9 Years in 90 Seconds

There is life after addiction. One of the hardest parts about even wanting to attempt to get sober was that I had absolutely no idea what to do with myself without a drink in my hand. In no way was my last bloody mary the end of all my struggles—things actually got much harder for about a year and a half, and I couldn’t stay sober for more than a couple weeks or maybe a month if I was lucky. But it was a step in the right direction from drinking daily. That bloody mary was, however, the last drink I had before I knew that life as an alcoholic was not a life for me at all.

This video shows the stark contrast between my life as an active alcoholic and as a recovering alcoholic. I went through every single picture I own of myself (e.g. those taken with my camera) in which I am holding something in my hands. This collection spans 2005-2014, a time that begins my transition from a recent high-school graduate into adulthood. While these pictures include those of major milestones—meeting a best friend for the first time, graduating from college, attending my first music festival, traveling the world, meeting my musical idol, finishing graduate school—I have no idea what is happening when my focus is only on the drink in my hand. After I began recovery, I began filling my life—and my hands—with more meaningful things, and even when my only perspective is what’s in my hand, I can still tell exactly what’s going on in each picture. I met my wife, I got a dog, I made art and crocheted blankets, I played lots of games, and I fell in love with nature—and with life—again.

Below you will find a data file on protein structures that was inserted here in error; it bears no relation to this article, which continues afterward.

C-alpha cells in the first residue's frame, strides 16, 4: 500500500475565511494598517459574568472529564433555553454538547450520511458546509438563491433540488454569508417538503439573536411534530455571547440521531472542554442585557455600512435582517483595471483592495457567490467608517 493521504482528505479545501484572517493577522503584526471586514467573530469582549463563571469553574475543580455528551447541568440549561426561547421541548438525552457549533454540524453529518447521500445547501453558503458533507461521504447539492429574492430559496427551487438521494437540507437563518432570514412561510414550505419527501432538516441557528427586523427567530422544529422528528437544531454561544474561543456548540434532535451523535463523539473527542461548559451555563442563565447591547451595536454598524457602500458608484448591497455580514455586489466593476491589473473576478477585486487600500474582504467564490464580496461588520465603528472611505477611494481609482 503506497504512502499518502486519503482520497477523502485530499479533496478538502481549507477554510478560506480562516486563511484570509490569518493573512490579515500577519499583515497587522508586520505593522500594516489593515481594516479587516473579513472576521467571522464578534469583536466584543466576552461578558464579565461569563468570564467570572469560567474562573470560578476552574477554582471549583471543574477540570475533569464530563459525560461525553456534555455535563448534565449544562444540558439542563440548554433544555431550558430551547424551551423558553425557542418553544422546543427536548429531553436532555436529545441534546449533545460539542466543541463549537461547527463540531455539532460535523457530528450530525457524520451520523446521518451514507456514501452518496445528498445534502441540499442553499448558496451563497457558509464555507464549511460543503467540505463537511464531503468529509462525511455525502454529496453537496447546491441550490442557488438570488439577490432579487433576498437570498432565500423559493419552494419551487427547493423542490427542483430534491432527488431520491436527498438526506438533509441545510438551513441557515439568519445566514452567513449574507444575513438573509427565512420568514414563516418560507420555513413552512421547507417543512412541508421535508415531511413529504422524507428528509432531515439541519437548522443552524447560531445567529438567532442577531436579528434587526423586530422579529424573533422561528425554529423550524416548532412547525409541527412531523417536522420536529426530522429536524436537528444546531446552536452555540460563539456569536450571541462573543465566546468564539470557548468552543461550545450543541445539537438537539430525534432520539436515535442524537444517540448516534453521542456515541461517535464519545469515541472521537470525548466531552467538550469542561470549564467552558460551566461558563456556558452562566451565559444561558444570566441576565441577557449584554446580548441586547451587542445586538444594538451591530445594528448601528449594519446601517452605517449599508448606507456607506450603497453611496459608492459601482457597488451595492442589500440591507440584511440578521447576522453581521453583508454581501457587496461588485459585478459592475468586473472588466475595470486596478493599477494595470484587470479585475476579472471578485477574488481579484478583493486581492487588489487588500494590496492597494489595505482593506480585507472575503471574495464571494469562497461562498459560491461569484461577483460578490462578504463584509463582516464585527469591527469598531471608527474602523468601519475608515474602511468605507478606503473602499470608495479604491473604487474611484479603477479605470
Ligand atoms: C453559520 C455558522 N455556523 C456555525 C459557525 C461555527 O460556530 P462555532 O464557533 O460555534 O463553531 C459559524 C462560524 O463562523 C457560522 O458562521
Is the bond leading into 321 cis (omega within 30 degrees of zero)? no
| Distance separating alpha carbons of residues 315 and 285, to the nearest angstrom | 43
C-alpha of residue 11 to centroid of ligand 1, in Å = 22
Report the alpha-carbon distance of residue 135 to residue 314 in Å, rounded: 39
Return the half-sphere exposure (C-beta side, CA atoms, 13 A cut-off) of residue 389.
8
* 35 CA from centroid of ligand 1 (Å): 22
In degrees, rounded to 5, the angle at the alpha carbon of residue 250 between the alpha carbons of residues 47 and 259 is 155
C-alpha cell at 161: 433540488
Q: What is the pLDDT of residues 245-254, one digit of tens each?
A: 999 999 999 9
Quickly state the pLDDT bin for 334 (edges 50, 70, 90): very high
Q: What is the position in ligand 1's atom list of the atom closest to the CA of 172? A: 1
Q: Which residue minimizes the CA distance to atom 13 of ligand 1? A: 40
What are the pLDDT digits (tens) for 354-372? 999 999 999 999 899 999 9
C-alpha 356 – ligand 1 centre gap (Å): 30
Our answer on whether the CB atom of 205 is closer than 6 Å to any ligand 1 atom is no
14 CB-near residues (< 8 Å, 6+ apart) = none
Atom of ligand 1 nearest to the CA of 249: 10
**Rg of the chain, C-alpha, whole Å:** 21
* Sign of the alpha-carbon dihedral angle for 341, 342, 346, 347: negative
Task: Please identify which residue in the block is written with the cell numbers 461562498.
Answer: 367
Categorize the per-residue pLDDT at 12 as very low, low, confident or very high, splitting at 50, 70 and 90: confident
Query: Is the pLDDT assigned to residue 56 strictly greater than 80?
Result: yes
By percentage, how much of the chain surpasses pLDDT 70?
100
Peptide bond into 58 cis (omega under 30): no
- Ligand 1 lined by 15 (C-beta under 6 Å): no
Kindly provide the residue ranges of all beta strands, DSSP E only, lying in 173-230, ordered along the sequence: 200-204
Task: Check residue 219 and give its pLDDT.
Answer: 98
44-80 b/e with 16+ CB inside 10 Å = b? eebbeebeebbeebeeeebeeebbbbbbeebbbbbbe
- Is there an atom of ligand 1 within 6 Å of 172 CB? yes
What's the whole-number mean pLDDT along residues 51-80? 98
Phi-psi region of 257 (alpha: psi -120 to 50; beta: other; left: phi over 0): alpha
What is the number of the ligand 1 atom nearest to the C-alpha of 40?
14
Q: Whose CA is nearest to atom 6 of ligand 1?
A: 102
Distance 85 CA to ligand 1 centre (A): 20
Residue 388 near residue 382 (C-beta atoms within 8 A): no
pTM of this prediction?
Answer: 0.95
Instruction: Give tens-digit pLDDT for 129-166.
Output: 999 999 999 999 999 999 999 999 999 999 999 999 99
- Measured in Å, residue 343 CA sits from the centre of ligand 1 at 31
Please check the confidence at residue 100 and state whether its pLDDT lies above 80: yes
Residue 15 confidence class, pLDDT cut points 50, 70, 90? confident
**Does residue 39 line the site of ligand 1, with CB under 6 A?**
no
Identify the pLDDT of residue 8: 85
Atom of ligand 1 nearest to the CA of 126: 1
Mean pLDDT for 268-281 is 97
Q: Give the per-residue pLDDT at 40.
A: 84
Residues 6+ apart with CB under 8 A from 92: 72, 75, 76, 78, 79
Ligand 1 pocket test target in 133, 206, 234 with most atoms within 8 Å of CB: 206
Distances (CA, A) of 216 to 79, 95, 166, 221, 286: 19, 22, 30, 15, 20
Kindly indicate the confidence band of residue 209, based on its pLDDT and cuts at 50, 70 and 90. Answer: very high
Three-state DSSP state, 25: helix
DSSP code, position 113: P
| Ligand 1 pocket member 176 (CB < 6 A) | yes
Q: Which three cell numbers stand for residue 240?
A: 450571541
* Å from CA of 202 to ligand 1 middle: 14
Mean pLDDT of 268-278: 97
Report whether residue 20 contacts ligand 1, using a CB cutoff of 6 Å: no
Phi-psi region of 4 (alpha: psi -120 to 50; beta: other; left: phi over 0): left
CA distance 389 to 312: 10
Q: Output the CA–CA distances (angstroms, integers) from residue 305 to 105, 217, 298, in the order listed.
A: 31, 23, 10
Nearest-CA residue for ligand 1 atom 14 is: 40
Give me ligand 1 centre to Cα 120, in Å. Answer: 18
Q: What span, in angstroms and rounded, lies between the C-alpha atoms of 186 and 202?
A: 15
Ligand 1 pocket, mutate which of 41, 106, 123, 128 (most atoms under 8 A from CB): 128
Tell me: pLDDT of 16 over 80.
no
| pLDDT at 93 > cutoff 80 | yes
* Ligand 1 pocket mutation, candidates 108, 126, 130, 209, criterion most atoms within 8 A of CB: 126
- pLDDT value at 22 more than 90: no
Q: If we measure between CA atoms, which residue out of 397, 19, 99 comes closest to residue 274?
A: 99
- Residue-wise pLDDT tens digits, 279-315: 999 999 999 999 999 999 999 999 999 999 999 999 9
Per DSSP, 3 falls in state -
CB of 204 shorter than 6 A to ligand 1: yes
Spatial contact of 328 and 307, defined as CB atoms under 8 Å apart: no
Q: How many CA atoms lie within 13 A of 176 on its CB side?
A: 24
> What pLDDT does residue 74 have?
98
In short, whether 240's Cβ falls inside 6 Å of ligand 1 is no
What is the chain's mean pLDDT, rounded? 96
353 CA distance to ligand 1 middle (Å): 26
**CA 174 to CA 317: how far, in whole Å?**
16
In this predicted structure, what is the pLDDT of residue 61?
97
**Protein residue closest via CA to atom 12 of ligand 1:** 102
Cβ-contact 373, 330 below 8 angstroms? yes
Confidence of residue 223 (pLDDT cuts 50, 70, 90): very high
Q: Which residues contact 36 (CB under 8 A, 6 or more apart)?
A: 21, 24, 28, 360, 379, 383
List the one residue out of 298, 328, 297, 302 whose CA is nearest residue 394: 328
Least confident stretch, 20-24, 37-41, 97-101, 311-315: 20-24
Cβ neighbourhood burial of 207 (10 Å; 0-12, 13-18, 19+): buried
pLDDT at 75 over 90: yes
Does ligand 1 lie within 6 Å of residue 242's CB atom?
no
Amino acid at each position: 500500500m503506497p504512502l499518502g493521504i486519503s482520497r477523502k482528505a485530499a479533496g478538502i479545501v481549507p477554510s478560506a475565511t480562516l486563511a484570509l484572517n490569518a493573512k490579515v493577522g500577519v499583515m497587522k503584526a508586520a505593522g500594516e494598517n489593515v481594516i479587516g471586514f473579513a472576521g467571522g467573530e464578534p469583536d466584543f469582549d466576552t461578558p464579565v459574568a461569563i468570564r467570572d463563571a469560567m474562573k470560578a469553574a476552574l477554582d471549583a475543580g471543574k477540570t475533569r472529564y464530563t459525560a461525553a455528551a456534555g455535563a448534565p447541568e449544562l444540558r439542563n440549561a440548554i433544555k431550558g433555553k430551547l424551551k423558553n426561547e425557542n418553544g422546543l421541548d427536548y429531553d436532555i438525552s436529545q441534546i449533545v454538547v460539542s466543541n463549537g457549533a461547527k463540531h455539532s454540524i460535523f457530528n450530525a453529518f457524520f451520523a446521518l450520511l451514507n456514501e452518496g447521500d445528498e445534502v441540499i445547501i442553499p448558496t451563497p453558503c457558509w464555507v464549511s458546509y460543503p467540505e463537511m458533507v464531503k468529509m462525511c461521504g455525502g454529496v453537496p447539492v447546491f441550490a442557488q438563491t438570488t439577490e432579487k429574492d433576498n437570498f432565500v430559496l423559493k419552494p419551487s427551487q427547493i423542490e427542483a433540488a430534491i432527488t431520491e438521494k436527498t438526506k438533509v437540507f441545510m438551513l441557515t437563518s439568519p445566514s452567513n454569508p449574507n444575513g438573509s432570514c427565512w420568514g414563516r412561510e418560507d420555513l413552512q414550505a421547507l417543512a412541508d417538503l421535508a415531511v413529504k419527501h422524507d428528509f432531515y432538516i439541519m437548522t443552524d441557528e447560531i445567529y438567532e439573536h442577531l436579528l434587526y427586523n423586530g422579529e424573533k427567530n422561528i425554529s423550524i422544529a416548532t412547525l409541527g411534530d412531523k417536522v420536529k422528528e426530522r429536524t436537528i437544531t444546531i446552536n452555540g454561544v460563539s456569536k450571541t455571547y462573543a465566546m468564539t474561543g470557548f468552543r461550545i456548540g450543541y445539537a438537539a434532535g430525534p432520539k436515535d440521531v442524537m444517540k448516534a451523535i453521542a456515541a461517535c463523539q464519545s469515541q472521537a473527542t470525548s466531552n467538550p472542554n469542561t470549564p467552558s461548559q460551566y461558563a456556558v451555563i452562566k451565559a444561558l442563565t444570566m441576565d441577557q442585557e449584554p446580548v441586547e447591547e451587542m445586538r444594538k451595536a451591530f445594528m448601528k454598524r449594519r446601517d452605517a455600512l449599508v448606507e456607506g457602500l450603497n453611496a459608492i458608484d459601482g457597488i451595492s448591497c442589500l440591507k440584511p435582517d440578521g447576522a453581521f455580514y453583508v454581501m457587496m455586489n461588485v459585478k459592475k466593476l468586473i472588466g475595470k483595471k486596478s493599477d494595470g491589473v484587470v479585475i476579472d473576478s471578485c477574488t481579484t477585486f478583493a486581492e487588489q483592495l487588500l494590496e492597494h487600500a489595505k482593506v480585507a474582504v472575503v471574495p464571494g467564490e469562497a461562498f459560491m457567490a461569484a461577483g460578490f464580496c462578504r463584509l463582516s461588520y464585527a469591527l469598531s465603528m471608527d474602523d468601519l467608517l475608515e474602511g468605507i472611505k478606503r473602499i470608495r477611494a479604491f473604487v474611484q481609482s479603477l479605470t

Apryl Pooley is a neuroscientist at Michigan State University, researching the effects of trauma on the brain and author of Fortitude: A PTSD Memoir

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